by Carol McMillan
Do you remember what you felt the week before the 2016 presidential election? As an ardent Bernie Sanders supporter, I still nursed some anger at the Democratic National Committee and the media, feeling they hadn’t given him the coverage they’d given Hillary Clinton, but, still, we were about to elect the first woman president. An historic moment! A glass ceiling hung poised above us all, waiting to be massively shattered. I remember watching the CBS pundits, running their predictive pointers across a red, blue, and purple map of the country, explaining all the possibilities that might be foreseen if this state went red or another went blue. His final words had been “Only a miracle could turn enough states red for a Republican victory.” Hillary’s landslide was assured; even the most unfavorable polls said so.
I joined my friends in planning parties to celebrate Hillary Rodham Clinton’s election as the first woman president of the United States of America. Three of us had even reserved a cabin on Orcas Island for our women’s victory weekend. Champagne, chocolate, beach walks, and companionship beckoned from our future.
I just want to take this moment to apologize for what happened next. It was my fault. Yes, honestly, it was all my fault! Let me explain.
On the night of November 5th, three days before the presidential election, I went to sleep in a familiar universe. I turned the heat down to sixty-two, took my evening vitamins, flossed my teeth, puffed my pillows, and snuggled down under my comforter. The cat jumped onto my bed as I turned out the light, curling his body into its usual position against my legs. Sleep came easily.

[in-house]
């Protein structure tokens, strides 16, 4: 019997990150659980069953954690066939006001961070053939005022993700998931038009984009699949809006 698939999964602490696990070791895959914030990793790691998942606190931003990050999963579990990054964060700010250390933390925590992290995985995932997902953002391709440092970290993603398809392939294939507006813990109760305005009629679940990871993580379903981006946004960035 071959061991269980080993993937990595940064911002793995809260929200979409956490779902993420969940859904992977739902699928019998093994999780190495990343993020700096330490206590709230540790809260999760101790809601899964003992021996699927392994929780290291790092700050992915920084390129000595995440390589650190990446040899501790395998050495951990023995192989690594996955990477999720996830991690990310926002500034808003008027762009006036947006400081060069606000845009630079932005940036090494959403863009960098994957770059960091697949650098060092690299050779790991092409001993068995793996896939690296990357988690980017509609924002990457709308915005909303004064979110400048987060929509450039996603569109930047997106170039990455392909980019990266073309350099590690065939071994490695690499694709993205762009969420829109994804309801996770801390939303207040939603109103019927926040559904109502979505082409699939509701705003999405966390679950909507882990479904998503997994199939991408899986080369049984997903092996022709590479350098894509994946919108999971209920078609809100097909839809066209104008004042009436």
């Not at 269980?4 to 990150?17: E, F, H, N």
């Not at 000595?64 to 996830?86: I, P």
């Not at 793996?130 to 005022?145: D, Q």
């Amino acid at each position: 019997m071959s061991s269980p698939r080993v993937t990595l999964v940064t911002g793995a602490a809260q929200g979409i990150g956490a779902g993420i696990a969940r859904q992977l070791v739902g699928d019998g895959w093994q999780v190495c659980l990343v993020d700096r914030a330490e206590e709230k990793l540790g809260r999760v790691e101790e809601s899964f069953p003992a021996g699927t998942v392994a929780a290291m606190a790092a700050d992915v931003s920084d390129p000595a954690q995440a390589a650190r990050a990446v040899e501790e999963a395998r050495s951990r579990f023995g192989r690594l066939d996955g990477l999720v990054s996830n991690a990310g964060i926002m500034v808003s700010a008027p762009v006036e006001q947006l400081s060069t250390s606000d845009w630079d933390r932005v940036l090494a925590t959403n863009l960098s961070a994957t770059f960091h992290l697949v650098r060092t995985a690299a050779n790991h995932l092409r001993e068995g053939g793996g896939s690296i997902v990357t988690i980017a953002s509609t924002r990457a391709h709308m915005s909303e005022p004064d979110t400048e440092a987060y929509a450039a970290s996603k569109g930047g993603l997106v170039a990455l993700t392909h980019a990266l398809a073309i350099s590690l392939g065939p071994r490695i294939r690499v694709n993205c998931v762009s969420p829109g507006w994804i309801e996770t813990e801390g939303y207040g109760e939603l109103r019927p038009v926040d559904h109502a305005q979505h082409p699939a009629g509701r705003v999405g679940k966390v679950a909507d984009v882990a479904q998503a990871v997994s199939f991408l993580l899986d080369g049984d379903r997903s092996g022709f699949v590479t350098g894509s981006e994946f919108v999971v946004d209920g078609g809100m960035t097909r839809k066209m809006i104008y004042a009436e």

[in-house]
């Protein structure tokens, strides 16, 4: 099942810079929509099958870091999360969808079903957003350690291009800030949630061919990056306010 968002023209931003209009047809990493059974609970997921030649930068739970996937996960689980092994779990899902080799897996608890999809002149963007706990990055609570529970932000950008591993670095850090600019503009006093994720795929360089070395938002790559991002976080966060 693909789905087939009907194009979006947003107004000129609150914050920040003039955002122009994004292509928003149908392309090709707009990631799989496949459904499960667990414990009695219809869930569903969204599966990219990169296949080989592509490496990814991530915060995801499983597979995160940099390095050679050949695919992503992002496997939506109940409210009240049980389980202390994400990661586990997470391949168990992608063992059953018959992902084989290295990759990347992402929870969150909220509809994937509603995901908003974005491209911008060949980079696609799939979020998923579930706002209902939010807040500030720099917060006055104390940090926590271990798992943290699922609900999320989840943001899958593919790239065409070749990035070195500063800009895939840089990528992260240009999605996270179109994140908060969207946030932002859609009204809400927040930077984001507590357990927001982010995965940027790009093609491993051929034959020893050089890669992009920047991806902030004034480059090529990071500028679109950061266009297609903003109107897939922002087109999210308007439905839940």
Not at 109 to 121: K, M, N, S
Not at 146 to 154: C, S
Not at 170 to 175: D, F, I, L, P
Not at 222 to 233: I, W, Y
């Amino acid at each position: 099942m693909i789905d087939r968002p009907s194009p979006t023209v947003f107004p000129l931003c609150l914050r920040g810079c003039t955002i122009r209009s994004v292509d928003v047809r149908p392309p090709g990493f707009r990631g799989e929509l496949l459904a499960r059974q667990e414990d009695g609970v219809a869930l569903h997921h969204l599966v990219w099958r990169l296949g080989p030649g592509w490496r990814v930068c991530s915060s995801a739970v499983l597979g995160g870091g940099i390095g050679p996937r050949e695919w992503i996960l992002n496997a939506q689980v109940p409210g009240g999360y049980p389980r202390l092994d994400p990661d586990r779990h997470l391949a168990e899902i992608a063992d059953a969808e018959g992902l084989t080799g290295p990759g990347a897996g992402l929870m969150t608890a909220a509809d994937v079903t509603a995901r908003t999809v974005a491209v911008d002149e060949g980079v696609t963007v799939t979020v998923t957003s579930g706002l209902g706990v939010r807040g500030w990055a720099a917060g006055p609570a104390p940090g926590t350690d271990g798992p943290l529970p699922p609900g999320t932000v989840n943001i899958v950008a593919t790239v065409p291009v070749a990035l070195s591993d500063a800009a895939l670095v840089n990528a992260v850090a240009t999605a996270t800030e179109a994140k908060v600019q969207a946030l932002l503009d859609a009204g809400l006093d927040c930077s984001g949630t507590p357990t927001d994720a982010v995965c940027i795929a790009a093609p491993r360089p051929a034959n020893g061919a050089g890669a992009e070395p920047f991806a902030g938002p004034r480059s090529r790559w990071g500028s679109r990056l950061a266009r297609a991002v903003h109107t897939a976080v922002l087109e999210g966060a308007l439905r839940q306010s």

Three hours later I awoke from a soul-freezing nightmare. In my detailed and vivid dream, I sat at a long utilitarian table in an institutional green room. A group of us were awaiting the first deliveries of ballots that we could begin counting. A friend came rushing in from outside, visibly upset. “More Republican ballots are coming in than Democratic!”
Not believing her for a minute, I hurried out to the loading docks where ballots were arriving in large, flat white bags of heavy plastic, sorted by party. My stomach suddenly filled with icy lead, freezing me in place, as I realized that she was correct: more Republican votes were pouring into that small-town vote-counting place than Democratic.